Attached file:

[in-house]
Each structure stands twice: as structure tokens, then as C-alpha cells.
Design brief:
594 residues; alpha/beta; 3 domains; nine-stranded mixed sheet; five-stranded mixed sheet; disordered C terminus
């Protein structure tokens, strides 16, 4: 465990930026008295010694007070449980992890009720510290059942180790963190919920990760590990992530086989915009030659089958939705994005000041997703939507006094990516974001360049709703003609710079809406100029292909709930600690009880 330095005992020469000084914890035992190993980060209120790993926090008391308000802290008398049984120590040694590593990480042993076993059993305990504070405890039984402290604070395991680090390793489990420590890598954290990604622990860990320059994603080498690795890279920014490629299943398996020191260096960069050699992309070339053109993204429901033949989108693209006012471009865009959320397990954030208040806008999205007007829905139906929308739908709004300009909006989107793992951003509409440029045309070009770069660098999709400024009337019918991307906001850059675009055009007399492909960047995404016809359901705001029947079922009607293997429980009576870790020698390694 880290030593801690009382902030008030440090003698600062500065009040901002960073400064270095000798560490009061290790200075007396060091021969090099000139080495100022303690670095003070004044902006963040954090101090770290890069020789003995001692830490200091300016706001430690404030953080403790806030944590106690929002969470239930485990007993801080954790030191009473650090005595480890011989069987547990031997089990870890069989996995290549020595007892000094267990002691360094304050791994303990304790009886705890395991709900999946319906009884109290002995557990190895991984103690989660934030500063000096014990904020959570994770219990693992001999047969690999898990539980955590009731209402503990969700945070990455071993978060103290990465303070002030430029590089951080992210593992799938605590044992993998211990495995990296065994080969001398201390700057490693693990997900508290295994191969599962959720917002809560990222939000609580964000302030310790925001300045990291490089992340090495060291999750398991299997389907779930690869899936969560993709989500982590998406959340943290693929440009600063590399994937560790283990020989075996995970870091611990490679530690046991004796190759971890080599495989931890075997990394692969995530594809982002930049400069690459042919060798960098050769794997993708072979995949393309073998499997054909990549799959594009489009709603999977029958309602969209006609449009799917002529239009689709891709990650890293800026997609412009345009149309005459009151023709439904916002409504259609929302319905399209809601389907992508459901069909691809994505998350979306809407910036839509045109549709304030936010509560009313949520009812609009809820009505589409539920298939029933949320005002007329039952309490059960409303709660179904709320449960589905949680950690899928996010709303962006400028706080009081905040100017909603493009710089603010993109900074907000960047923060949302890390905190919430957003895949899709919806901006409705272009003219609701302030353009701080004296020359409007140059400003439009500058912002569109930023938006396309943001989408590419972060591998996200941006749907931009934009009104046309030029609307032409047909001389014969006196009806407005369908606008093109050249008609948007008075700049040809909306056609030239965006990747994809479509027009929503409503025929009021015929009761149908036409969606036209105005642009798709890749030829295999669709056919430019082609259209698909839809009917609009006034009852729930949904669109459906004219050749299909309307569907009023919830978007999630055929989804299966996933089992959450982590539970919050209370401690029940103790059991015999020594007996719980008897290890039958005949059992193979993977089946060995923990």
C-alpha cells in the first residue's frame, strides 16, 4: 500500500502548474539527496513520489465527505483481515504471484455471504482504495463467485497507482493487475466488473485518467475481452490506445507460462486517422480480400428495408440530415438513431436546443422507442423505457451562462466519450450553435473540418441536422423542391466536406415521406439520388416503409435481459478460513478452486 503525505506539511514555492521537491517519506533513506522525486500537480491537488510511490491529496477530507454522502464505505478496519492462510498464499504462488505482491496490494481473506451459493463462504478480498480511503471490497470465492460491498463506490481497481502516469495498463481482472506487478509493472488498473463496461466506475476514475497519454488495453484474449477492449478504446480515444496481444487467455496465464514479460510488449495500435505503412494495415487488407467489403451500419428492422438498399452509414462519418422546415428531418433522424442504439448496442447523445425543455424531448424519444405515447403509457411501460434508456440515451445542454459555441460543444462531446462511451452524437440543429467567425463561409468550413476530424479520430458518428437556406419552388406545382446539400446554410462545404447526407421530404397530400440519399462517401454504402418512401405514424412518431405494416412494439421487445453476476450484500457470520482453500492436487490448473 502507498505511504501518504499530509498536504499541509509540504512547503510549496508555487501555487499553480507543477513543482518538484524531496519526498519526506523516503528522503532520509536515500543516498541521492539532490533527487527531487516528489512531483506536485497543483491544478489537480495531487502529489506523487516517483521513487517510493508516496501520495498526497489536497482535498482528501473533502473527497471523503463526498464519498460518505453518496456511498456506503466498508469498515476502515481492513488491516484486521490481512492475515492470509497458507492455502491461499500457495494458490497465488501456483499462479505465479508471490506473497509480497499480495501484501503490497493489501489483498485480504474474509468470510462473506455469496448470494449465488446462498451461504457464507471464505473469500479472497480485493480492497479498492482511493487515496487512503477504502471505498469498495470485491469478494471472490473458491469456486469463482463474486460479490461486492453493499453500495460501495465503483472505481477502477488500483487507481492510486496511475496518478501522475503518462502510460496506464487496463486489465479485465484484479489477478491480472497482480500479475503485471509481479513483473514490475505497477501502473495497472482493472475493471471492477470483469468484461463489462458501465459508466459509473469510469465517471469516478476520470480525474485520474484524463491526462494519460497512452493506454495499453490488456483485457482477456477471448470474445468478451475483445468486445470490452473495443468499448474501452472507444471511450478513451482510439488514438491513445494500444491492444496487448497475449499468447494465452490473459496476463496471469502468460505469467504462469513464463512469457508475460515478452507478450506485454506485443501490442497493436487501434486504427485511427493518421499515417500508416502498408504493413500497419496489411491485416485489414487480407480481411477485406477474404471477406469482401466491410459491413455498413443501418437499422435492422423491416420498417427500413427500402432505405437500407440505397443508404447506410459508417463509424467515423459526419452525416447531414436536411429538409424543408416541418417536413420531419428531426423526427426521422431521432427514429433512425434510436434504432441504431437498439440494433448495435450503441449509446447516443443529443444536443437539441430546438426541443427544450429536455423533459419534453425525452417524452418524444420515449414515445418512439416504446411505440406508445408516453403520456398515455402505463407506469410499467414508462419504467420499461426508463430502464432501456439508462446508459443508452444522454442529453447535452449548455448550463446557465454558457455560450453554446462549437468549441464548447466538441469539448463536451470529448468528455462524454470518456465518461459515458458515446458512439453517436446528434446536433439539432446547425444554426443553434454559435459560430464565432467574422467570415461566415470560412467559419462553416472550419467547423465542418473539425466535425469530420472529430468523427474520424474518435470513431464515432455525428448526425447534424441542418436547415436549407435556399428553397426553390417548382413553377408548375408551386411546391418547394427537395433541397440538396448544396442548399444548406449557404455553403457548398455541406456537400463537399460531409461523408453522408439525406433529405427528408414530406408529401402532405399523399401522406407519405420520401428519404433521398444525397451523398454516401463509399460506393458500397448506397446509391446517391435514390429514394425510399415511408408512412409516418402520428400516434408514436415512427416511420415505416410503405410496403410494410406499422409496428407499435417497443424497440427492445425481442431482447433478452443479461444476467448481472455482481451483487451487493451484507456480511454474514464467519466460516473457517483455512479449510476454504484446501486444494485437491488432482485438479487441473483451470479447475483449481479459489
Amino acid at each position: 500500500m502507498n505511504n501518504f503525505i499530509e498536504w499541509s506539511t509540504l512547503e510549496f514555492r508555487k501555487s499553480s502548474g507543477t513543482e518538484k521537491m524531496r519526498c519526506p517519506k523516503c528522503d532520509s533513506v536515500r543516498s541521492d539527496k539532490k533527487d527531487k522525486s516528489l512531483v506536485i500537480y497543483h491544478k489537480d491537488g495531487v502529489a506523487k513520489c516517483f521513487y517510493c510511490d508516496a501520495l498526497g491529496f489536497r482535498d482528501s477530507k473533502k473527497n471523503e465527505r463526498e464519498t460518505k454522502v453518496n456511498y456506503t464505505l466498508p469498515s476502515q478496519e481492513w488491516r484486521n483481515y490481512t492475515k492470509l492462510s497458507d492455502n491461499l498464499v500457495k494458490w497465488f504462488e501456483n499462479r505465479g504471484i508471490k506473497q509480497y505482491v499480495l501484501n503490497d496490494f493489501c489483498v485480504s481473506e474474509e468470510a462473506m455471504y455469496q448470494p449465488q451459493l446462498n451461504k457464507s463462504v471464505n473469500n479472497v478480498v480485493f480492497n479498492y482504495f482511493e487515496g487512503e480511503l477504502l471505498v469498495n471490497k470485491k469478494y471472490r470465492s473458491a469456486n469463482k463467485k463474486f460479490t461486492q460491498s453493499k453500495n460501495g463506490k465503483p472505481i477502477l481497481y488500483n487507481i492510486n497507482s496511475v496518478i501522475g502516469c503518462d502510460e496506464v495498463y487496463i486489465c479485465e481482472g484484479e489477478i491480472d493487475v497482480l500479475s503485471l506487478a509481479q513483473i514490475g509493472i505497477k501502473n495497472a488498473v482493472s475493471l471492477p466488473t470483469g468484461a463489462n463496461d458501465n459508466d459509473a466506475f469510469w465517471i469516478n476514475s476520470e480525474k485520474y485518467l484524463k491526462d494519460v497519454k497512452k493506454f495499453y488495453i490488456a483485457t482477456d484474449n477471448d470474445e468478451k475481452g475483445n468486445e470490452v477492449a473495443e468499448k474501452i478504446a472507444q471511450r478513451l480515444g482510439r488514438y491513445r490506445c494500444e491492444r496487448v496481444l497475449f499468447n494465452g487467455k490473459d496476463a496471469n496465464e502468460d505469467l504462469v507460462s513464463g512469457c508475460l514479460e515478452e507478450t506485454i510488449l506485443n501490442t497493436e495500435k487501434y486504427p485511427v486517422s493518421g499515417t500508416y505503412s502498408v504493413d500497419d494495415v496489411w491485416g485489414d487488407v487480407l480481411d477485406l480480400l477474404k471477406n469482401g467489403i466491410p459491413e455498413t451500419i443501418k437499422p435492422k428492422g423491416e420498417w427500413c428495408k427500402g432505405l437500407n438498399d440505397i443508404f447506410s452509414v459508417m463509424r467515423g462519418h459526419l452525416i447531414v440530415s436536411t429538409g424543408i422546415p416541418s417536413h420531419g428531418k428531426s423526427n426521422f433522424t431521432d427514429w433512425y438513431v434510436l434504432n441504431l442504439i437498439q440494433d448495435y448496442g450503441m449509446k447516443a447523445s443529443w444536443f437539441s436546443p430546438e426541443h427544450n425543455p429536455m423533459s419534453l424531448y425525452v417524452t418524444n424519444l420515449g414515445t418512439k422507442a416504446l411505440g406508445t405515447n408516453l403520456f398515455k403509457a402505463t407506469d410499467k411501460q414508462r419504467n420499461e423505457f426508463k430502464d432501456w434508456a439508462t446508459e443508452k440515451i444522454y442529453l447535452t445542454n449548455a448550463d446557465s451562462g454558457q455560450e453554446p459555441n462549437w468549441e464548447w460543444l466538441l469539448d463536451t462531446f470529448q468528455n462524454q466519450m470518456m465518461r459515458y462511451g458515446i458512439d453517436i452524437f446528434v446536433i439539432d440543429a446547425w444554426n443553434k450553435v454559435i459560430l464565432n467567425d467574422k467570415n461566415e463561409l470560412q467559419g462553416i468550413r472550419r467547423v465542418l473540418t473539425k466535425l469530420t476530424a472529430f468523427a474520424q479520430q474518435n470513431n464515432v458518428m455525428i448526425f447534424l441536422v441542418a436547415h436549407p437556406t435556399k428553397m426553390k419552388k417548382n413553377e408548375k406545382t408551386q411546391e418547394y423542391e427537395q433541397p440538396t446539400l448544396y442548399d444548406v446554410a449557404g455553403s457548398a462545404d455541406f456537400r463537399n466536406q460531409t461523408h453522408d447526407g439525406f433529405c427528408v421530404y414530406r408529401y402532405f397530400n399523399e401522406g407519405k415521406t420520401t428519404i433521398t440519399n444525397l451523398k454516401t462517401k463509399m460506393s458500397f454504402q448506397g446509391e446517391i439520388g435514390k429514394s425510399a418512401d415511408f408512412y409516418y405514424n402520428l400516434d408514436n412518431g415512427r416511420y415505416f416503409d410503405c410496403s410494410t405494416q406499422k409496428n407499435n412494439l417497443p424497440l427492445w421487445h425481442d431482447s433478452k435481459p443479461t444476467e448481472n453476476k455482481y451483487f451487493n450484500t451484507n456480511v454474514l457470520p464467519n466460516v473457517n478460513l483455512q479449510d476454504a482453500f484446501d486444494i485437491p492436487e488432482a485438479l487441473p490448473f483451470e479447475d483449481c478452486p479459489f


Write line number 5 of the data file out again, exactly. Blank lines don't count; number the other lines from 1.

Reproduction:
């Protein structure tokens, strides 16, 4: 465990930026008295010694007070449980992890009720510290059942180790963190919920990760590990992530086989915009030659089958939705994005000041997703939507006094990516974001360049709703003609710079809406100029292909709930600690009880 330095005992020469000084914890035992190993980060209120790993926090008391308000802290008398049984120590040694590593990480042993076993059993305990504070405890039984402290604070395991680090390793489990420590890598954290990604622990860990320059994603080498690795890279920014490629299943398996020191260096960069050699992309070339053109993204429901033949989108693209006012471009865009959320397990954030208040806008999205007007829905139906929308739908709004300009909006989107793992951003509409440029045309070009770069660098999709400024009337019918991307906001850059675009055009007399492909960047995404016809359901705001029947079922009607293997429980009576870790020698390694 880290030593801690009382902030008030440090003698600062500065009040901002960073400064270095000798560490009061290790200075007396060091021969090099000139080495100022303690670095003070004044902006963040954090101090770290890069020789003995001692830490200091300016706001430690404030953080403790806030944590106690929002969470239930485990007993801080954790030191009473650090005595480890011989069987547990031997089990870890069989996995290549020595007892000094267990002691360094304050791994303990304790009886705890395991709900999946319906009884109290002995557990190895991984103690989660934030500063000096014990904020959570994770219990693992001999047969690999898990539980955590009731209402503990969700945070990455071993978060103290990465303070002030430029590089951080992210593992799938605590044992993998211990495995990296065994080969001398201390700057490693693990997900508290295994191969599962959720917002809560990222939000609580964000302030310790925001300045990291490089992340090495060291999750398991299997389907779930690869899936969560993709989500982590998406959340943290693929440009600063590399994937560790283990020989075996995970870091611990490679530690046991004796190759971890080599495989931890075997990394692969995530594809982002930049400069690459042919060798960098050769794997993708072979995949393309073998499997054909990549799959594009489009709603999977029958309602969209006609449009799917002529239009689709891709990650890293800026997609412009345009149309005459009151023709439904916002409504259609929302319905399209809601389907992508459901069909691809994505998350979306809407910036839509045109549709304030936010509560009313949520009812609009809820009505589409539920298939029933949320005002007329039952309490059960409303709660179904709320449960589905949680950690899928996010709303962006400028706080009081905040100017909603493009710089603010993109900074907000960047923060949302890390905190919430957003895949899709919806901006409705272009003219609701302030353009701080004296020359409007140059400003439009500058912002569109930023938006396309943001989408590419972060591998996200941006749907931009934009009104046309030029609307032409047909001389014969006196009806407005369908606008093109050249008609948007008075700049040809909306056609030239965006990747994809479509027009929503409503025929009021015929009761149908036409969606036209105005642009798709890749030829295999669709056919430019082609259209698909839809009917609009006034009852729930949904669109459906004219050749299909309307569907009023919830978007999630055929989804299966996933089992959450982590539970919050209370401690029940103790059991015999020594007996719980008897290890039958005949059992193979993977089946060995923990």